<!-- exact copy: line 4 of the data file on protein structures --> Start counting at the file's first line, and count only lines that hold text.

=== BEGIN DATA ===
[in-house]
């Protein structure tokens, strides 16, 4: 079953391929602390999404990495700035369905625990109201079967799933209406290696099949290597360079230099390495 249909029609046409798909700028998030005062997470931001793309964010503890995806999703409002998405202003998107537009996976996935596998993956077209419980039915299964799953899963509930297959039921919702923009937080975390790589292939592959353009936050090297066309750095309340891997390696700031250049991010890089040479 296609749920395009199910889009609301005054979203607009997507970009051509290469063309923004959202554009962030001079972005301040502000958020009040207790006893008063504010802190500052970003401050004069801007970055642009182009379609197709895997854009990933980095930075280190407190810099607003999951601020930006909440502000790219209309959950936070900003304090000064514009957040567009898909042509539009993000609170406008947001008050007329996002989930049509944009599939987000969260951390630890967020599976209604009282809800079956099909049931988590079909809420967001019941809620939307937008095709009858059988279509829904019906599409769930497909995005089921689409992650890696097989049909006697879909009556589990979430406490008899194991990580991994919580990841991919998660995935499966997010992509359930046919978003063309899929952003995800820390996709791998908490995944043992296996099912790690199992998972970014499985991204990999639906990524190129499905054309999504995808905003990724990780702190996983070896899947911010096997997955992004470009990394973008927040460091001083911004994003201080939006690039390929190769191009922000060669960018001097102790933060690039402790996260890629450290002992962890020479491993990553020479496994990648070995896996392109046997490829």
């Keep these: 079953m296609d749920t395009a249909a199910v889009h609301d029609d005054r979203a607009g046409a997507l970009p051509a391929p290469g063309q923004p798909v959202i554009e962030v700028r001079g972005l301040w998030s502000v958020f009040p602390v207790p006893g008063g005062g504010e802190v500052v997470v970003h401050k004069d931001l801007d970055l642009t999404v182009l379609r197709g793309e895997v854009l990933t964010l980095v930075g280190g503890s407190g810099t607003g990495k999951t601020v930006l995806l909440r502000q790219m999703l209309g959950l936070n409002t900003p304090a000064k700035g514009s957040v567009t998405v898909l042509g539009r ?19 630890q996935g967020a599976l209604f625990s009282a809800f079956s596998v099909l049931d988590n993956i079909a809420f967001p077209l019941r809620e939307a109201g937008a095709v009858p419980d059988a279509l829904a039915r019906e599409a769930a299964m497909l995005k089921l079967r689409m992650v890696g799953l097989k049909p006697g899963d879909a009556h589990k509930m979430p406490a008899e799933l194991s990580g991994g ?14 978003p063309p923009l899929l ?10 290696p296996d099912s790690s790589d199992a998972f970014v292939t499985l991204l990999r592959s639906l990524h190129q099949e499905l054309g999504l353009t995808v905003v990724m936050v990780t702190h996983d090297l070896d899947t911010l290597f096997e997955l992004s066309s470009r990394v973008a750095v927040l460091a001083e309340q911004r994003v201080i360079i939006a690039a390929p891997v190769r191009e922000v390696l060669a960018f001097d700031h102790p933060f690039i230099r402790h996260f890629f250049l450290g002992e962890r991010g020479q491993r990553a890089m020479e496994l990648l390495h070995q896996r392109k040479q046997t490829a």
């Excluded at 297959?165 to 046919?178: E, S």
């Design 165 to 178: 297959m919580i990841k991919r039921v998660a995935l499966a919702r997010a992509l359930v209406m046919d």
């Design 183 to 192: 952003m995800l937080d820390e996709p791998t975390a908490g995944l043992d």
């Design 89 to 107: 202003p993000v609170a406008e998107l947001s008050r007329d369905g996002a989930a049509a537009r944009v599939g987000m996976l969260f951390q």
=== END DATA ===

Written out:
């Excluded at 297959?165 to 046919?178: E, S």